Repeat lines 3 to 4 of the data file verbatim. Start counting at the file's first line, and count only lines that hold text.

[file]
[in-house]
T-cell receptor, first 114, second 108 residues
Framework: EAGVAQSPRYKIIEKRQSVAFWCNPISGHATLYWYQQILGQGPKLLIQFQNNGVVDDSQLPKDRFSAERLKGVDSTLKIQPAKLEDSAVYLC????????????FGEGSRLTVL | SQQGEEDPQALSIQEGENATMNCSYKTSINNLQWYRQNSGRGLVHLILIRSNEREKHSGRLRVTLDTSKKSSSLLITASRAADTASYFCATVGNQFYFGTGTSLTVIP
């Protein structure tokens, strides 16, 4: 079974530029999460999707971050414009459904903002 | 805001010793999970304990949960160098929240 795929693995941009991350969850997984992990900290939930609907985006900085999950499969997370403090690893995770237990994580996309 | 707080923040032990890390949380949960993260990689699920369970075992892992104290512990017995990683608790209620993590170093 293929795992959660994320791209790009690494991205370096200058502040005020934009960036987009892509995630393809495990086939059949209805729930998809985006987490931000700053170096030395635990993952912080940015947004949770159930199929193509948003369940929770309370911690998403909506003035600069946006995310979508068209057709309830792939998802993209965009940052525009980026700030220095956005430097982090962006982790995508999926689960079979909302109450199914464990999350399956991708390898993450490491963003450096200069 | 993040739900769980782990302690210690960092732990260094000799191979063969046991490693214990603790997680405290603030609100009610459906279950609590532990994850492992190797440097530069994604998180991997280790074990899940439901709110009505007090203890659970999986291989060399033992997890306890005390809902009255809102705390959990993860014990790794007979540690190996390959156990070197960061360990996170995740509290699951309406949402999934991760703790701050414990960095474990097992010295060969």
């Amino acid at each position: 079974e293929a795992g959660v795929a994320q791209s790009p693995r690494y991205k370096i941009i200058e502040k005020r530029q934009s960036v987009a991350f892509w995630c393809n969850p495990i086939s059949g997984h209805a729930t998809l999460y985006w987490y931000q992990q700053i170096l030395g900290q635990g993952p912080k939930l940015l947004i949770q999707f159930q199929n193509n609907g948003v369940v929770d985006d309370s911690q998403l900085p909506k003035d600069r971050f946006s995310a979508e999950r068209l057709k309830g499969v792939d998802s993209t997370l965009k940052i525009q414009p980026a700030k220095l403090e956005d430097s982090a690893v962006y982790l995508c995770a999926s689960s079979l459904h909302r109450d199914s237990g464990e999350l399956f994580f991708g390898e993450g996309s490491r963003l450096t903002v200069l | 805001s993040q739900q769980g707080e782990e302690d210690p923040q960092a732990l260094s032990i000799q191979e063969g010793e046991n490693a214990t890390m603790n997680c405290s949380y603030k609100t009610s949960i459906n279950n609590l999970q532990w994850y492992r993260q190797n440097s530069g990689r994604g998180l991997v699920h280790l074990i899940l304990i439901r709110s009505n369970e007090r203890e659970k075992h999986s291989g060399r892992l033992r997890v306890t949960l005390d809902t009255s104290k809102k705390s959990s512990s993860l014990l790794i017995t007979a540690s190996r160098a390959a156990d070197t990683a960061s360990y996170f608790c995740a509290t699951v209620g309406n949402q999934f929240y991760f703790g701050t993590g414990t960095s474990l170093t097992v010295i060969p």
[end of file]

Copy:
Framework: EAGVAQSPRYKIIEKRQSVAFWCNPISGHATLYWYQQILGQGPKLLIQFQNNGVVDDSQLPKDRFSAERLKGVDSTLKIQPAKLEDSAVYLC????????????FGEGSRLTVL | SQQGEEDPQALSIQEGENATMNCSYKTSINNLQWYRQNSGRGLVHLILIRSNEREKHSGRLRVTLDTSKKSSSLLITASRAADTASYFCATVGNQFYFGTGTSLTVIP
């Protein structure tokens, strides 16, 4: 079974530029999460999707971050414009459904903002 | 805001010793999970304990949960160098929240 795929693995941009991350969850997984992990900290939930609907985006900085999950499969997370403090690893995770237990994580996309 | 707080923040032990890390949380949960993260990689699920369970075992892992104290512990017995990683608790209620993590170093 293929795992959660994320791209790009690494991205370096200058502040005020934009960036987009892509995630393809495990086939059949209805729930998809985006987490931000700053170096030395635990993952912080940015947004949770159930199929193509948003369940929770309370911690998403909506003035600069946006995310979508068209057709309830792939998802993209965009940052525009980026700030220095956005430097982090962006982790995508999926689960079979909302109450199914464990999350399956991708390898993450490491963003450096200069 | 993040739900769980782990302690210690960092732990260094000799191979063969046991490693214990603790997680405290603030609100009610459906279950609590532990994850492992190797440097530069994604998180991997280790074990899940439901709110009505007090203890659970999986291989060399033992997890306890005390809902009255809102705390959990993860014990790794007979540690190996390959156990070197960061360990996170995740509290699951309406949402999934991760703790701050414990960095474990097992010295060969």